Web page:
From left to right - Brittany, Matthew, Zac, Patrick, Thomas, and Colton

Last edited by:

Eric Patterson: Aug 24, 2022, 8:46 AM
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Re: August what's on your workbench In reply to
Very cool Eric. Being the old guy isn't bad when you have a bunch of young(er) guys to hunt with. Good job getting the kids started right, keep getting out with them. With luck they'll pass the tradition along to their kids, and you'll be out there with a third generation.

I keep in mind you're not really old until you think you are anyway. I know I'm Peter Pan. Wink But you can be a cagey rascal. I suggest keeping your powder dry while the youngsters flambe at a flock. When the inevitable happens at some point and it looks like no feathers were harmed, that's your opening. Rear up and fold a big old greenhead with one shot. Calmly retake your seat, and pick up your coffee without a word. Never make eye contact with the vanquished warriors, but your body language clearly indicates they are to retrieve. Priceless.

I have several blinds started in my garage right now, I'll have to post a photo or two during construction. No plywood at the local Home Depot so the blinds are just skeletons for the moment. They're buffleheads to your honker.

Steve's question reminds me of one of the few times I hunted "down south", which for a yankee is the Carolinas. When it rained the locals saw dragonflys which they called "snake doctors", and said to watch out for snakes. I don't recall seeing a serpent, but I looked.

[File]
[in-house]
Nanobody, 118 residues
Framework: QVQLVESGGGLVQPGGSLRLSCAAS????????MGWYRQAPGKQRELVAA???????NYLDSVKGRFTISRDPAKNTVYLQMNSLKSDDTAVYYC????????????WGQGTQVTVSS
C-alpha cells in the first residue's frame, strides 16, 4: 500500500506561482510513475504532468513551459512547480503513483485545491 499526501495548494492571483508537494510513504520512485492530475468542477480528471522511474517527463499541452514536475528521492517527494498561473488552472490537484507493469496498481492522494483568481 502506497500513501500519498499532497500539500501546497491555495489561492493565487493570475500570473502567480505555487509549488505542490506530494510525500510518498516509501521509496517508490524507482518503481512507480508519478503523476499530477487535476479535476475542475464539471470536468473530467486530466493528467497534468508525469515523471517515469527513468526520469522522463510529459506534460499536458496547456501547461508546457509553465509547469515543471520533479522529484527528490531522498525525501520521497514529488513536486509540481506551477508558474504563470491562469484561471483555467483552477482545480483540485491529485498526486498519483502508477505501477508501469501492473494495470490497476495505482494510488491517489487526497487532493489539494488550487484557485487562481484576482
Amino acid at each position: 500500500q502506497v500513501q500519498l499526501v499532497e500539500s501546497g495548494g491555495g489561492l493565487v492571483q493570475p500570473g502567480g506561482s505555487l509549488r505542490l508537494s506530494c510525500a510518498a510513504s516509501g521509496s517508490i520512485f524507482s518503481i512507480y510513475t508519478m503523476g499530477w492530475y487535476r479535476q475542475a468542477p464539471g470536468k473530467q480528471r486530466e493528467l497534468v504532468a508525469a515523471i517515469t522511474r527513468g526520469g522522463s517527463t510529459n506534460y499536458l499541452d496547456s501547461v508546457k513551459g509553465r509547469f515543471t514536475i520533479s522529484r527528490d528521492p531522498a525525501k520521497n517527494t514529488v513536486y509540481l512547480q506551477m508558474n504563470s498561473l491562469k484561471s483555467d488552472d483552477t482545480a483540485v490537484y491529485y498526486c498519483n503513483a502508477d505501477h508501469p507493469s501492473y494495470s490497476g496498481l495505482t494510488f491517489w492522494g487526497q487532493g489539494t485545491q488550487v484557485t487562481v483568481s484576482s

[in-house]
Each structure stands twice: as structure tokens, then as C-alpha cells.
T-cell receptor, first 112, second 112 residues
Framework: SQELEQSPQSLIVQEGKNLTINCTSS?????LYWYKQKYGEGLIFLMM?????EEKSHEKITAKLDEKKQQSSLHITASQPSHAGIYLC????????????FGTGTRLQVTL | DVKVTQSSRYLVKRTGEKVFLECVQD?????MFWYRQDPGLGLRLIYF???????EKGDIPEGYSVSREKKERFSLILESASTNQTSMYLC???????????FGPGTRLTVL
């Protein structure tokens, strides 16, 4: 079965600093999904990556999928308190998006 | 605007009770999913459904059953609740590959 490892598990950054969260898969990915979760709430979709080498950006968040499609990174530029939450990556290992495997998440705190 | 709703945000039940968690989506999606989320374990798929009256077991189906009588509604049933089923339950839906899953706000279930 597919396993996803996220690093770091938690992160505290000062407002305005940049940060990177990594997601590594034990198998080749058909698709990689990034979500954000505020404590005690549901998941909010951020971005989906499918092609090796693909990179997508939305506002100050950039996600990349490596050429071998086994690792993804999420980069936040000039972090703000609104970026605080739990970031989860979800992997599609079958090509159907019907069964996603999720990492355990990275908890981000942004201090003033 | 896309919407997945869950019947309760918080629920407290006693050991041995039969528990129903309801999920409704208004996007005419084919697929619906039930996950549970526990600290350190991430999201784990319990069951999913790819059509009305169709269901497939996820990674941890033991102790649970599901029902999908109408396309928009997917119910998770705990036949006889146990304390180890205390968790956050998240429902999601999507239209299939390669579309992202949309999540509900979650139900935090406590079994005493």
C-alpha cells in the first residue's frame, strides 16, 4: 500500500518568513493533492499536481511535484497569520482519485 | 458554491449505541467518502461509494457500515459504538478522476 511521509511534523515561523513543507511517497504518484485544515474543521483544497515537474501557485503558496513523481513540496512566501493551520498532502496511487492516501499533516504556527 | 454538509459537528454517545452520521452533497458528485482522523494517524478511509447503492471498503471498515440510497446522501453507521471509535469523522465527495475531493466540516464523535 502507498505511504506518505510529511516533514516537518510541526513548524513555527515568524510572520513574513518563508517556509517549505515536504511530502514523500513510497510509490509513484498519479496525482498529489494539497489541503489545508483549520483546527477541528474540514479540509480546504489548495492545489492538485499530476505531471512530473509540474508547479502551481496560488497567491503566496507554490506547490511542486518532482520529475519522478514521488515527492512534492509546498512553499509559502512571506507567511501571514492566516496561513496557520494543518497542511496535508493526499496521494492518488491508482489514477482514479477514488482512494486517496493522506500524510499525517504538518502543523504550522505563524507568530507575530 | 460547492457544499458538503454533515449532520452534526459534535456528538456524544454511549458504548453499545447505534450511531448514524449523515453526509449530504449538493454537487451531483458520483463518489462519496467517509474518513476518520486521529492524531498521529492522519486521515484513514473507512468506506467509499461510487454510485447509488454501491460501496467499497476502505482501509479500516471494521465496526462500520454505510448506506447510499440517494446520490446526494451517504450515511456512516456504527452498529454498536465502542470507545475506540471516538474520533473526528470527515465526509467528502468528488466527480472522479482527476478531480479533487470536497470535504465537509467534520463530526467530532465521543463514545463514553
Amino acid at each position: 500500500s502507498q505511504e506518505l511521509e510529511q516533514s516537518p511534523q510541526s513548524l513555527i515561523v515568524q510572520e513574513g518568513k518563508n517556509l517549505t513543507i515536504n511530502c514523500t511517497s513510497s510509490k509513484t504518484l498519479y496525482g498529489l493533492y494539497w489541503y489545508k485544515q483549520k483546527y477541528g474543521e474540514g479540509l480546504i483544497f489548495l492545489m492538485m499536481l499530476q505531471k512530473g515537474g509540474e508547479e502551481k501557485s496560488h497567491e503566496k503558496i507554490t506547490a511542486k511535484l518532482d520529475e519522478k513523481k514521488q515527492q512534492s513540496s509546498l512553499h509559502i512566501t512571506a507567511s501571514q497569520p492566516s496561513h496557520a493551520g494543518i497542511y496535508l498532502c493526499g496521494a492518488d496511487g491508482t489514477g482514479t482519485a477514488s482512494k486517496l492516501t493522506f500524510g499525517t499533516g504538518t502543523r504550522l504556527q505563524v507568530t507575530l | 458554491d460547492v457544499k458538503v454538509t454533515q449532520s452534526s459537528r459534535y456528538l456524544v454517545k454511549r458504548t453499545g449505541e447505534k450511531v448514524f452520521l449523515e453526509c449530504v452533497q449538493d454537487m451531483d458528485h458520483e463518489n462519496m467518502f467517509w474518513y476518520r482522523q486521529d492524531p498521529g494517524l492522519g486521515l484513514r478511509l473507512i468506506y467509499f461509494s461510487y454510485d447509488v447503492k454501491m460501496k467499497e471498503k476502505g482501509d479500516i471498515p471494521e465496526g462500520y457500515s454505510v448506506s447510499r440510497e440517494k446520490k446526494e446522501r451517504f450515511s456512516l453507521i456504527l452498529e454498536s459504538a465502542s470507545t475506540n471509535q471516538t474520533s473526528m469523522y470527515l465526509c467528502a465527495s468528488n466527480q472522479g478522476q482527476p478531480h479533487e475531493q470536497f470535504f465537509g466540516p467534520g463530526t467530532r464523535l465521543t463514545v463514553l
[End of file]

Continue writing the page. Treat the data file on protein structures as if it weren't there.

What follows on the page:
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Re: August what's on your workbench In reply to
Yesterday was a glorious day for painting. Both are done other than camo and doors, which will be simple a simple curtain of strips of rubber gasket material that you part with your hands and walk through.

The link below is a vid I made of painting the blinds.

Blind Painting Vid (Large)











Last edited by:

Eric Patterson: Aug 28, 2022, 12:49 PM
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Re: August what's on your workbench In reply to
WOW! Those look like they could fly.
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My goodness, that blind is huge!